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Old March 29, 2012, 11:24 PM   #1
eldorablerentals
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sks heavy cast bullet load data

Hi
I am wondering if there is any 200 grain load data for a sks in 7.62x39
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Old March 30, 2012, 03:48 AM   #2
HiBC
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I am not going to tell you you cannot do it,but before you spend money,you might want to read up on twist rates and bullet length/weights.I suspect the rifling twist designed for 123 gr bullets will be too slow for 200 gr bullets,particularly because you will also be losing velocity.

You need enough rpm to stabilize,and the general rule is more rpm for longer bullets.

The other thing I,myself,avoid is shooting cast bullets in barrels that have a gas port,like your SKS.I could be wrong,but my concern is lead fouling the gas port.
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Old March 30, 2012, 01:11 PM   #3
FrankenMauser
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If you dig deep enough, you should be able to find subsonic data for 200 gr projectiles in 7.62x39mm. But... I wouldn't run them through an SKS. Trying to achieve reliable function would be nearly impossible.
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Old March 30, 2012, 02:12 PM   #4
Kawabuggy
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The twist rate on *most* SKS's is between 1:9.25-1:9.5" or so and IS fast enough to stabilize the 200 grain bullet.

I'm shooting reduced loads out of my SKS using 180 gr. and also 200 gr. bullets. Be forewarned that there is very little case capacity left when running 200 grain bullets so you will not be able to get decent velocity unless you are using small amounts of fast powder (pistol) powder. I'm using Blue Dot in my reduced loads and it seems to be working fairly well. Bear in mind I'm trying to run sub-sonic so I have plenty of case capacity for what I am doing. My SKS will do about 2-3" at 100 yards running 180 gr. bullets subsonic. The 200's open up a little bit from that and run between 3-5". Both loads are perfect for night hog hunting where 70 yard shots are the norm.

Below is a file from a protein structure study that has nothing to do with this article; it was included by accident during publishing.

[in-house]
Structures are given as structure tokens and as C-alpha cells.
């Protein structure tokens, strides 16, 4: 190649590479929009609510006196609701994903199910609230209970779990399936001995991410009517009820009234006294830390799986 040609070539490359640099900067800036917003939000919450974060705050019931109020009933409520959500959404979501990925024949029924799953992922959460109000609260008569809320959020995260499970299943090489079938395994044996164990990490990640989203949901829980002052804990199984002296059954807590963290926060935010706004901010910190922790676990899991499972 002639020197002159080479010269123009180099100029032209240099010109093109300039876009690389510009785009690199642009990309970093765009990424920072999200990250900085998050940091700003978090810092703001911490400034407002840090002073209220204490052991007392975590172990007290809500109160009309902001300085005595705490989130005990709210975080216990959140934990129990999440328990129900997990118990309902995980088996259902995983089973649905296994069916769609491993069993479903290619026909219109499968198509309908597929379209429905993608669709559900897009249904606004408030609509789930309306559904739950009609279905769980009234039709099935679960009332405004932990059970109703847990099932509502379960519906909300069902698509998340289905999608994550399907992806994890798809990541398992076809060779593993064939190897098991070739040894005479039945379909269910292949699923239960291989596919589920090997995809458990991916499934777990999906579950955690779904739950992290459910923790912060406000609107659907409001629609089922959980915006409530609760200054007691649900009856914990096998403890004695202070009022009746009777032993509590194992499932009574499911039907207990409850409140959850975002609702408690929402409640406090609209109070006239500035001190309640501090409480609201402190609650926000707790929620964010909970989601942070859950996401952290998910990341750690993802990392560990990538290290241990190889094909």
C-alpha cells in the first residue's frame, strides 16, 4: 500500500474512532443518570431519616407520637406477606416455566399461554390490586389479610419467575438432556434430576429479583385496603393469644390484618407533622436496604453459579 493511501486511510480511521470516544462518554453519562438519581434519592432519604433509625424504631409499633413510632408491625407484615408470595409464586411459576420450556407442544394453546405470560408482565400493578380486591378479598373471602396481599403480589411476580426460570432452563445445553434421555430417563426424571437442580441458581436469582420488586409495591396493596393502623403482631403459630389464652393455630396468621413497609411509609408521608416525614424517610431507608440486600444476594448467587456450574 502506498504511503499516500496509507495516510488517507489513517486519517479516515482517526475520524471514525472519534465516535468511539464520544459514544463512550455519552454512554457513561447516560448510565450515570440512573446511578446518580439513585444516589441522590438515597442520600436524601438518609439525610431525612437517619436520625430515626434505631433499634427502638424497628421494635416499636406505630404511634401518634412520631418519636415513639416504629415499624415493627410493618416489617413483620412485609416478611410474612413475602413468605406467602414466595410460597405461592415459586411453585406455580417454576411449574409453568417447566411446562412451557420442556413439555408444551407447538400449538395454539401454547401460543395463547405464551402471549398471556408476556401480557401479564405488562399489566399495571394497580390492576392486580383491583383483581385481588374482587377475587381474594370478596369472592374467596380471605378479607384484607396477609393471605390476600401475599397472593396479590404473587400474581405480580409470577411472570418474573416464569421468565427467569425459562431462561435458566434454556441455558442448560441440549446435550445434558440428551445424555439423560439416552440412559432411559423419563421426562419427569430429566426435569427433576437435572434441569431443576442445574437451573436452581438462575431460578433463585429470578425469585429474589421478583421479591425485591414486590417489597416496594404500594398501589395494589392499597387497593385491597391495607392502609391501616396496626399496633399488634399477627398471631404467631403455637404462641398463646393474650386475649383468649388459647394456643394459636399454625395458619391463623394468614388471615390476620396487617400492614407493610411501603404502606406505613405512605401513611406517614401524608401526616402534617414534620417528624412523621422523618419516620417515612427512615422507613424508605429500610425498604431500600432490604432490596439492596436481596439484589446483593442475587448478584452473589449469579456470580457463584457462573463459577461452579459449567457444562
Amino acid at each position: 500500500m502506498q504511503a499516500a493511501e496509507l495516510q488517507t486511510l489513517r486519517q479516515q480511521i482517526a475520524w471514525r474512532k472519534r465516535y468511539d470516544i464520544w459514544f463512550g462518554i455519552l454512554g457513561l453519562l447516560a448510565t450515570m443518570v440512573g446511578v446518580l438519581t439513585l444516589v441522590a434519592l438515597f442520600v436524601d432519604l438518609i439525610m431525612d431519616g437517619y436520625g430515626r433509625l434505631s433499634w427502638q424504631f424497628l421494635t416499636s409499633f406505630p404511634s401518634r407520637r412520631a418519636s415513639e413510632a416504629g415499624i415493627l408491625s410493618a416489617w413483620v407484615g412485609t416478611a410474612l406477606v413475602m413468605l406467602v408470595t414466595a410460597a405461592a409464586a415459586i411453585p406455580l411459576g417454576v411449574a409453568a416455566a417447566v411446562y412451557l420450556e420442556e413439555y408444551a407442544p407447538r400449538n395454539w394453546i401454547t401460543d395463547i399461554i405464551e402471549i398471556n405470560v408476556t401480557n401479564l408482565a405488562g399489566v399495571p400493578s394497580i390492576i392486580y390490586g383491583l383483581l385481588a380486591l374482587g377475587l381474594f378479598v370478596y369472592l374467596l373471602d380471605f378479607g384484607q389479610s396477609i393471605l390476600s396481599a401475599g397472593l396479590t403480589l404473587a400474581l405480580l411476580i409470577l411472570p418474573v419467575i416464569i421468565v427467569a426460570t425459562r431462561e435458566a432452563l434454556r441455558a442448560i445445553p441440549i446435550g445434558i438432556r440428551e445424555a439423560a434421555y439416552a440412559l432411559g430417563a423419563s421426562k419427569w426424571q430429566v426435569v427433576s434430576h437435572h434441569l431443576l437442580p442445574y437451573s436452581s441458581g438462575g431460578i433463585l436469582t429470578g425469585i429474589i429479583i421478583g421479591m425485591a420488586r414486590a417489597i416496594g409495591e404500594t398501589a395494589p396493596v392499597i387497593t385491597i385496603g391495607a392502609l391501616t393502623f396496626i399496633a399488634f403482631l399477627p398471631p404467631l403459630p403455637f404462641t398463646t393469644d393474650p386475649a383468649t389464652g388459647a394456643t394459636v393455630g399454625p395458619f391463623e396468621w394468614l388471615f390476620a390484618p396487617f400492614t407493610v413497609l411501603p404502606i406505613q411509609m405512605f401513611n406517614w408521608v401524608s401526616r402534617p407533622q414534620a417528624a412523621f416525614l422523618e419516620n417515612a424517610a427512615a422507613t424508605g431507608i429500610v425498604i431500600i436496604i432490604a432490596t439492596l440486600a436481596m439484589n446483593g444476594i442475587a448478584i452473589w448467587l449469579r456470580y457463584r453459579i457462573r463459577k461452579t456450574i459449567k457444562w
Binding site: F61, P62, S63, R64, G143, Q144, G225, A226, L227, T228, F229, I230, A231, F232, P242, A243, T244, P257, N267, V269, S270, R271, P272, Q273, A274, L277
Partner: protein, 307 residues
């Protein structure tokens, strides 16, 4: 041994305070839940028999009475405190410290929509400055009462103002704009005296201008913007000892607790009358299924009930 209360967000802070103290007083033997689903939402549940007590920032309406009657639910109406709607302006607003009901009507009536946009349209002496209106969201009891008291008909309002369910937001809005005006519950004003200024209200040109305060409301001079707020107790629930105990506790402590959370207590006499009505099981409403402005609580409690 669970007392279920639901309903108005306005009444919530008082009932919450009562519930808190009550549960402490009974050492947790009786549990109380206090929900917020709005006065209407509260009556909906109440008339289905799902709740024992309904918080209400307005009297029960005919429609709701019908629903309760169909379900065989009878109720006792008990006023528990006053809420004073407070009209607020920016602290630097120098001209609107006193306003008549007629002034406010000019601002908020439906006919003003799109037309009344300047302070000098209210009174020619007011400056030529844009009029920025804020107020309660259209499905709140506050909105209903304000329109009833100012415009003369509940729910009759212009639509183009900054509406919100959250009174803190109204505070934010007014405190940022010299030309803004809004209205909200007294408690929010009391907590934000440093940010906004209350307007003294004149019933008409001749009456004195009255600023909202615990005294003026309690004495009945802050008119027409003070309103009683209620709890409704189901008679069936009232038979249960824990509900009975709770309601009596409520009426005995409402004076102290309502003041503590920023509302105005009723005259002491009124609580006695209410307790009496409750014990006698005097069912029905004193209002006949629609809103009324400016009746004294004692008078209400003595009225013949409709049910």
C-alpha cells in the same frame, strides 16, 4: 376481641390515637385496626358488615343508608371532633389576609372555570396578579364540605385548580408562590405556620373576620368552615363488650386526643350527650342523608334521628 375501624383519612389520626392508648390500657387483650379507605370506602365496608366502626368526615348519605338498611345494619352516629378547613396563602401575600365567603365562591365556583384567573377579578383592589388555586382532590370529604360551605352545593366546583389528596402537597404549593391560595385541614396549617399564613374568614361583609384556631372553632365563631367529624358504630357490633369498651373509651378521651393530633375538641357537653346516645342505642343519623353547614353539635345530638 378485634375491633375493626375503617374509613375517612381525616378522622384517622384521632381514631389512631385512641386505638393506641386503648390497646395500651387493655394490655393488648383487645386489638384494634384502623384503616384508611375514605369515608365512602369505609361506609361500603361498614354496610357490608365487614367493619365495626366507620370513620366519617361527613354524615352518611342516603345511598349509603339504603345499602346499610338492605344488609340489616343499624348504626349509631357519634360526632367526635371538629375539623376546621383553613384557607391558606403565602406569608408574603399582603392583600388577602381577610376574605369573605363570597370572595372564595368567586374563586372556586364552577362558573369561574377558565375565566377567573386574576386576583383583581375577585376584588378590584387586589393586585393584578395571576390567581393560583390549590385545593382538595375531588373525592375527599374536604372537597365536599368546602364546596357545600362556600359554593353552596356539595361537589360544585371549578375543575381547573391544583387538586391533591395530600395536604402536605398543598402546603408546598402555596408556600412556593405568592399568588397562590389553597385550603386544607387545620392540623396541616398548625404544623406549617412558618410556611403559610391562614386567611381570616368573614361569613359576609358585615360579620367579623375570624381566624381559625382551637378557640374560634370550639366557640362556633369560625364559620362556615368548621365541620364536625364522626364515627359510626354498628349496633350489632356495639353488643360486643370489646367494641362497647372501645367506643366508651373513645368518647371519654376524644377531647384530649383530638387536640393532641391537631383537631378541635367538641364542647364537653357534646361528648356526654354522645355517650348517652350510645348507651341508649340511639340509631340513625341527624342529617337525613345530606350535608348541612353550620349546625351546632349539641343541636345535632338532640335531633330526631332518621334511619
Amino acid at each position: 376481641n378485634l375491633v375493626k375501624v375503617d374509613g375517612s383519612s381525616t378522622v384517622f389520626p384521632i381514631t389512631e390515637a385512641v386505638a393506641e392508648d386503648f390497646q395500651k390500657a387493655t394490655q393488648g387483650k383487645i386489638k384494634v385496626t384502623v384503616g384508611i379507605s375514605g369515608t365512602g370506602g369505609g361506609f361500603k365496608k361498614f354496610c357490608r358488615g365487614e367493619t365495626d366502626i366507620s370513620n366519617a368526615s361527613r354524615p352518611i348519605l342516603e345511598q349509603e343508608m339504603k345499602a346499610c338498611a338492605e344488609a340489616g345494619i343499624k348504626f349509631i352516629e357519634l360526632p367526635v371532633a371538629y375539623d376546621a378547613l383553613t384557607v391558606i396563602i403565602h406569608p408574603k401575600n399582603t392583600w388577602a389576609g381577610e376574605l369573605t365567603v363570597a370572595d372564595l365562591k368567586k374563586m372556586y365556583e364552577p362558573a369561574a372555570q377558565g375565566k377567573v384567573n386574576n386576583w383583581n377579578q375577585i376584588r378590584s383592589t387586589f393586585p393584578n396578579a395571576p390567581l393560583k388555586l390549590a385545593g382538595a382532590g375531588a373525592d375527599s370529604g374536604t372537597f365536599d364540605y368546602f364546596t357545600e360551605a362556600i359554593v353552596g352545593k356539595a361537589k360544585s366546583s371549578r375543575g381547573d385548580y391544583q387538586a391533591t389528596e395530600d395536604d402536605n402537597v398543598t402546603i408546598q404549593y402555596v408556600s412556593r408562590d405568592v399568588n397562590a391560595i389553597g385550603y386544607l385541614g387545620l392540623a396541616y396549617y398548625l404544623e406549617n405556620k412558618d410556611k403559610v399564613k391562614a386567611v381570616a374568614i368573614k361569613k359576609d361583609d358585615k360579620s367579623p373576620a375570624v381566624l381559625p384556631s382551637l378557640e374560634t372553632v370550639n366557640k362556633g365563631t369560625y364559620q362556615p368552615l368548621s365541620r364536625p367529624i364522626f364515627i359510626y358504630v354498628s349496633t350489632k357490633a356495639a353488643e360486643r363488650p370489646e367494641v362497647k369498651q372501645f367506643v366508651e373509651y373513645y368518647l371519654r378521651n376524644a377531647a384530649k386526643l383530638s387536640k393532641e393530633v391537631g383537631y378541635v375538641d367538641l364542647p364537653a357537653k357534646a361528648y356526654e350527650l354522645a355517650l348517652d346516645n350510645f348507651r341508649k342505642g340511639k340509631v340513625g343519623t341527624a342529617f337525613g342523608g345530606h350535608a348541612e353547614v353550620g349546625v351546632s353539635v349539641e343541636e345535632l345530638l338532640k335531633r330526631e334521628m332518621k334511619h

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Old March 30, 2012, 02:18 PM   #5
Kawabuggy
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Forgot to mention that I am loading to fit in the magazine so if you are loading manually each round you may be able to seat the bullet out a little further and gain some case capacity back-DEPENDING ON YOUR RIFLE'S CHAMBER.

None of my rounds will cycle the action. After each shot, I have to manually charge the weapon again. This works for me though as I don't like fumbling for my brass in the dark. I simply lay the rifle over, pull the charging handle back and the brass falls into my free hand. Then release it, and the next round is chambered and I'm ready to go. I'm also running the Pulsar Digisight mounted right over the bolt so I can't have the brass flying up and hitting the bottom of the scope anyway. Less recoil hopefully means longer scope life.
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Old March 30, 2012, 09:50 PM   #6
eldorablerentals
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sks heavy cast bullet load data

I am a bit confused about the benefit of hunting pigs with a slow moving round. I have never shot one... but thought that you wanted to hit one of those things just as hard as you could! Some people swear they are Armour plated.

I would be looking for a load that would cycle appropriately though. I have a plate under my scope specifically to protect my scope... but it makes the manual chambering cumbersome.

The purpose in my asking this question ironically was to work up a pig load. I bought this sks to hunt pigs. I liked the idea of the bayonet on the end of it for walking around chasing those things.

The internet is full of videos of those things turning on their hunters... Sounds like fun.
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Old March 30, 2012, 10:05 PM   #7
joneb
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I bought a bunch of Wolf 154gr sp years ago, and it shot well in my sks with a 1:9.5" barrel. Some sks were fitted with a 1:7.5" twist barrel this seems more appropriate for bullets in the 174gr and up range. JMO
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